As 2012 draws to a close, a few developments over the last fortnight are worth mulling over, ahead of uncorking the champagne to usher in the New Year. But first, a word on pricing - the final ICE Brent February futures contract price cut-off noted by the Oilholic came in at US$110.96 per barrel with US budget talks in the background.
Over the last two weeks, and as expected, the cash market trade was rather uneventful with a number of large players starting the countdown to the closure of their books for the year. However, the ICE’s weekly Commitment of Traders report published on Christmas Eve made for interesting reading.
It suggested that money managers raised their net long positions in Brent crude futures (and options) by 11.2% in the week that ended on December 18; a trend that has continued since November-end. Including hedge funds, money managers held a net long position of 106,138 contracts, versus 95,447 contracts the previous week.
Away from Brent positions, after due consideration the UK government finally announced that exploration for shale gas will resume albeit with strict safety controls. Overall, it was the right decision for British consumers and the economy. It was announced that there would be a single administrative authority to regulate and oversee shale gas and hydraulic fracking. A tax break may also apply for shale gas producers; further details are due in the New Year.
Close on the heels of UK Chancellor George Osborne’s autumn statement and the shale announcement, came a move by Statoil to take a 21-year old oil discovery in the British sector of the North Sea off its shelf.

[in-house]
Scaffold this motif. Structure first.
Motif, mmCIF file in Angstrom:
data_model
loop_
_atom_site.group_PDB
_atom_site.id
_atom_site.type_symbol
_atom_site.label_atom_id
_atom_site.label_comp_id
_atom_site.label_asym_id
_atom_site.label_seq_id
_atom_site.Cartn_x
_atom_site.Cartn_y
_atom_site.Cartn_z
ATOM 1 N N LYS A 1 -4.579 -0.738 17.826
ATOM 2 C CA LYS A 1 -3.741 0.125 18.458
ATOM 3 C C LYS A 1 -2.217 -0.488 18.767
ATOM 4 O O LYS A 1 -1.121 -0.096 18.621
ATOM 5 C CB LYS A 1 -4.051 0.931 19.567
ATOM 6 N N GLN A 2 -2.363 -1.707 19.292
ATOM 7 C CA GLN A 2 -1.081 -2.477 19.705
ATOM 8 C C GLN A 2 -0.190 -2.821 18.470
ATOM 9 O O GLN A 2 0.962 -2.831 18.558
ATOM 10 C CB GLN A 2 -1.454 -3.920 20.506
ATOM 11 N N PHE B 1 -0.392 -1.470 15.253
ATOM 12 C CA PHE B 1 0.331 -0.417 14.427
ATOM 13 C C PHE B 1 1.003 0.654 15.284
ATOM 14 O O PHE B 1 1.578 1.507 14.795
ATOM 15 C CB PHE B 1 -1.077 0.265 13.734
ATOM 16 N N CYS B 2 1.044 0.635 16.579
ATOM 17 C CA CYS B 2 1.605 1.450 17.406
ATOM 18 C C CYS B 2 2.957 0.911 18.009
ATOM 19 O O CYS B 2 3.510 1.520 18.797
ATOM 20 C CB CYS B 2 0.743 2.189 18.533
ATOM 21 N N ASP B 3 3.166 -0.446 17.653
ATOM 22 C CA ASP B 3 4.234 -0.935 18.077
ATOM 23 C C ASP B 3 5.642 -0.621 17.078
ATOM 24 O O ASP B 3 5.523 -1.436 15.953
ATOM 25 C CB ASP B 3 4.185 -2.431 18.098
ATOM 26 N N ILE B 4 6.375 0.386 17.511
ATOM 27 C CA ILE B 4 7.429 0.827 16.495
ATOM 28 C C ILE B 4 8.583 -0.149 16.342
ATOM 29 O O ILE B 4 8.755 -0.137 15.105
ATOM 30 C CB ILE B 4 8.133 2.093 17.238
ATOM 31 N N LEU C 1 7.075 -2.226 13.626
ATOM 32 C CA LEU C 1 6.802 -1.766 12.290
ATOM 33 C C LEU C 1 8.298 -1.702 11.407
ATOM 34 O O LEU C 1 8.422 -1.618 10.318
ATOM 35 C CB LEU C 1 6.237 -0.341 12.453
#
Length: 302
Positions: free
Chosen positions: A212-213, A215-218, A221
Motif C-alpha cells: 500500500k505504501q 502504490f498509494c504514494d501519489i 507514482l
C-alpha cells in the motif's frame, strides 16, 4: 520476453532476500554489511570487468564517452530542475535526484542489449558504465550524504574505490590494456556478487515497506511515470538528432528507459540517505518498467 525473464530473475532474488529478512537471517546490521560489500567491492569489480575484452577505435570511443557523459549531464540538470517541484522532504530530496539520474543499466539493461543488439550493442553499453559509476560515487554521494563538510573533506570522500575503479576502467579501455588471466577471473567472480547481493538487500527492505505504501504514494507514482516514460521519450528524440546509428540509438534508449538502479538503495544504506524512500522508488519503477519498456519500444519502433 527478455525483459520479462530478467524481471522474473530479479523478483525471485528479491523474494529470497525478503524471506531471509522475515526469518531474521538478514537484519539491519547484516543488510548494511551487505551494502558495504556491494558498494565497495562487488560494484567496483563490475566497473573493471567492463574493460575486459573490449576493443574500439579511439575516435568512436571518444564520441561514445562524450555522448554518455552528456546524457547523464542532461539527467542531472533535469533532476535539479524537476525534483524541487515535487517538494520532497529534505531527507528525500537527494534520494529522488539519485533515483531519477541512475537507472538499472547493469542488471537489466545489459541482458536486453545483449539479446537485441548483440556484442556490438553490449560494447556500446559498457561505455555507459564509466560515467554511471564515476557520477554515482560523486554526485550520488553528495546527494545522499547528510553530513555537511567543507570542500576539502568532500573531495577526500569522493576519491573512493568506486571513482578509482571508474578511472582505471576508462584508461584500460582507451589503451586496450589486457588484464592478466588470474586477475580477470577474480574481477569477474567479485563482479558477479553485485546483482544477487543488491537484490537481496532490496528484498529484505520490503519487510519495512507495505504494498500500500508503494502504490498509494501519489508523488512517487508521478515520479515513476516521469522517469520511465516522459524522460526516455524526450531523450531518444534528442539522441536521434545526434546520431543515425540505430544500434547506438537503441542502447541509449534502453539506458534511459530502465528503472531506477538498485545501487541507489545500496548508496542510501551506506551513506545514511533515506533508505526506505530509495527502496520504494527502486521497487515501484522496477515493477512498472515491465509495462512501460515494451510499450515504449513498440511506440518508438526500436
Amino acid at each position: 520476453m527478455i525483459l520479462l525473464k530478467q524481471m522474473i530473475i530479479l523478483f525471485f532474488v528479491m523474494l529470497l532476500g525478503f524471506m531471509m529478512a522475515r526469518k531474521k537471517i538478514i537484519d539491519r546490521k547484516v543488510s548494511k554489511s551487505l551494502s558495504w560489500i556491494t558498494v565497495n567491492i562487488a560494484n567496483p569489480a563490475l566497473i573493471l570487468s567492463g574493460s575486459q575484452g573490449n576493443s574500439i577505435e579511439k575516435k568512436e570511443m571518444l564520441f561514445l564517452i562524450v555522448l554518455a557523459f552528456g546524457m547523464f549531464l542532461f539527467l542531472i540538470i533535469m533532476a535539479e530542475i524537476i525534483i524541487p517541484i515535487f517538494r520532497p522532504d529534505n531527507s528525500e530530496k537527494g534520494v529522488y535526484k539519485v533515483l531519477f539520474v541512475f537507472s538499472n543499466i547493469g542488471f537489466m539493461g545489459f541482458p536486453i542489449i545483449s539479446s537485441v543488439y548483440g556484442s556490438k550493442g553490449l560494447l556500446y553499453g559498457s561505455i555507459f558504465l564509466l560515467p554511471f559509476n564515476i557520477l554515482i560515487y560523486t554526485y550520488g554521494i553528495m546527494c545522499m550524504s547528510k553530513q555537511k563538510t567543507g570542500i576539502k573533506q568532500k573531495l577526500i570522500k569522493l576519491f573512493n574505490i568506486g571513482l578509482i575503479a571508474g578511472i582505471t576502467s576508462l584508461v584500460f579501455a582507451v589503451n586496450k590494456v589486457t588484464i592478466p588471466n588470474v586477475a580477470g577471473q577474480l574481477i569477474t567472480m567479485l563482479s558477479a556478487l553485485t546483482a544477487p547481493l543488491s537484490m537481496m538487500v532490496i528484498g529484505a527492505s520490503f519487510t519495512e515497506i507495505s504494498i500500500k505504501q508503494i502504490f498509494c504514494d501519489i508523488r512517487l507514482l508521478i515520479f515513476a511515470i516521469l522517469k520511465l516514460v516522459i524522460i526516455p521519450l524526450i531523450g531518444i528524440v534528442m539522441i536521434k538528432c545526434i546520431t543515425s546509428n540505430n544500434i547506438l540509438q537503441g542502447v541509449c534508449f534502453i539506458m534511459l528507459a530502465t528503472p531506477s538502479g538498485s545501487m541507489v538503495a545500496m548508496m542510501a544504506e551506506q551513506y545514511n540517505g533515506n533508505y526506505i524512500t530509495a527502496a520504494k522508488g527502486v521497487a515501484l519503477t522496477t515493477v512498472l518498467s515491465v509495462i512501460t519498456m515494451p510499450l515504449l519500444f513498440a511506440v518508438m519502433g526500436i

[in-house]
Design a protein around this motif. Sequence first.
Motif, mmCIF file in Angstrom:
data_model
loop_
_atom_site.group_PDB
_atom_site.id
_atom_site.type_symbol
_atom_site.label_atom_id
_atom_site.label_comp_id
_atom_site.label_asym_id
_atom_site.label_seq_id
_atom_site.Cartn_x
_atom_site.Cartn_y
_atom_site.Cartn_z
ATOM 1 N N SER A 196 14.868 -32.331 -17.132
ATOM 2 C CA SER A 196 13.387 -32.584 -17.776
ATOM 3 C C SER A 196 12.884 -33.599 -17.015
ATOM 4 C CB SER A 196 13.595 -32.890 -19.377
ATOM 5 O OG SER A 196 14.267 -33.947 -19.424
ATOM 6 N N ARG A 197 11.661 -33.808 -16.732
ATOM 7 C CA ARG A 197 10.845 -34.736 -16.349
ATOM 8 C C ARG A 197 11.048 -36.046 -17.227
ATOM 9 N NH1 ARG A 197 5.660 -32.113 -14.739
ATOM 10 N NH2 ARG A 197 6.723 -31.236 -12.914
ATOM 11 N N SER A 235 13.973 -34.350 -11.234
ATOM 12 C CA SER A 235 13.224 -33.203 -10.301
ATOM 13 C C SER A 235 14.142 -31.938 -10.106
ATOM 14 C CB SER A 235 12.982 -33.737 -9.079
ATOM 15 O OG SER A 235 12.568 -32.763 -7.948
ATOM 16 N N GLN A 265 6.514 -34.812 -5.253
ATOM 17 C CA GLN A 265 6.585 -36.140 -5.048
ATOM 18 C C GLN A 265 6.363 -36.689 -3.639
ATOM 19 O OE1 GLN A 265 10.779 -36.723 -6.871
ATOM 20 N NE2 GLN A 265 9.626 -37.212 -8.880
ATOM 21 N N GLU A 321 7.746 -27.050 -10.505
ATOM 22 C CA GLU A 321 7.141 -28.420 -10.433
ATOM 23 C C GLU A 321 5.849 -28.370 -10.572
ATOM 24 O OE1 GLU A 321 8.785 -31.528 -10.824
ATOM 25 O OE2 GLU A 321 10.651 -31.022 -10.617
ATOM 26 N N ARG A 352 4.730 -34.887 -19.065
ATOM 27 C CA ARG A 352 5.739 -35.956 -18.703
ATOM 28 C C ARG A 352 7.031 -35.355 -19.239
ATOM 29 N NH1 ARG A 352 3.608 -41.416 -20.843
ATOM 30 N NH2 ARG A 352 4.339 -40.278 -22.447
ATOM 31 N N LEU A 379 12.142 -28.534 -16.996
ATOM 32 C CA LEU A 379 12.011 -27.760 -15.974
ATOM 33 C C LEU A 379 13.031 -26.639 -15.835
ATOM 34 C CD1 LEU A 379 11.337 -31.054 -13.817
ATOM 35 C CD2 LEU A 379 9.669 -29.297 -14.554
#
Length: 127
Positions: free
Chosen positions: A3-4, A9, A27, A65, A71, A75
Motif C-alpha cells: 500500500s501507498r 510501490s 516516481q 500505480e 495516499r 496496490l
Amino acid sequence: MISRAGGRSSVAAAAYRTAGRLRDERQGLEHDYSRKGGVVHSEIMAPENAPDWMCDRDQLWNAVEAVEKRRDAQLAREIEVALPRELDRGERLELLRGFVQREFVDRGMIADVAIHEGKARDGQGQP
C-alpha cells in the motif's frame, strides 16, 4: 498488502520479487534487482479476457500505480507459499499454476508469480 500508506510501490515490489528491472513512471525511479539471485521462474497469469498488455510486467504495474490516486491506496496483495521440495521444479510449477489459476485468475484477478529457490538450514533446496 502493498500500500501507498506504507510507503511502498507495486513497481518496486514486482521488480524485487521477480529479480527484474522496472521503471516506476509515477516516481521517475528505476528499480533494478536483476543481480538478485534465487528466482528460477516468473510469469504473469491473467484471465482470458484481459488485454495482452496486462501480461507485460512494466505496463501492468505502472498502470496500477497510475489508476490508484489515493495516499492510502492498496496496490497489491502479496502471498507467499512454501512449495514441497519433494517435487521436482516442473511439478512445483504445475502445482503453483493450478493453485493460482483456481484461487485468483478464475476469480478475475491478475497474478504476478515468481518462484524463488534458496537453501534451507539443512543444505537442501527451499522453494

On December 21, the Norwegian company approved a US$7 billion plan to develop its Mariner project, the biggest British offshore development in over a decade. According to Statoil, it could produce around 250 million barrels of oil or more over a 30-year period and could be brought onstream as early as 2017 with a peak output of 55,000 barrels per day.
Mariner, which is situated 150 km southeast of the Shetland Islands, was discovered in 1981. The Oilholic thinks Statoil’s move is very much down to the economics of a Brent oil price in excess of US$100 per barrel. Simply put, now would be a good time to develop this field in inhospitable climes and make it economically viable.
Being the 65.11% majority stakeholder in Mariner, Statoil would be joined by minority stakeholders JX Nippon E&P (28.89%) and Cairn Energy (via a subsidiary with a 6% stake).
Elsewhere, Moody's changed the outlook for Petrobras’ A3 global foreign currency and local currency debt to negative from stable. It said the negative outlook reflects the company's rising debt levels and uncertainty over the timing and delivery of production and cash flow growth in the face of a massive capital budget, rising costs and downstream profit pressures.
“We also see increasing linkage between Petrobras and the sovereign, with the government playing a larger role in the offshore development, the company's strategic direction, and policies such as local content requirements that will affect its future development plans,” said Thomas S. Coleman, senior vice president, Corporate Finance Group at Moody’s.
That’s all for 2012 folks! A round-up of crude year 2012 to follow early in the New Year; in the interim here’s wishing you all a very Happy New Year. Keep reading, keep it ‘crude’!
© Gaurav Sharma 2012. Photo: Vintage Shell pump, San Francisco, USA © Gaurav Sharma.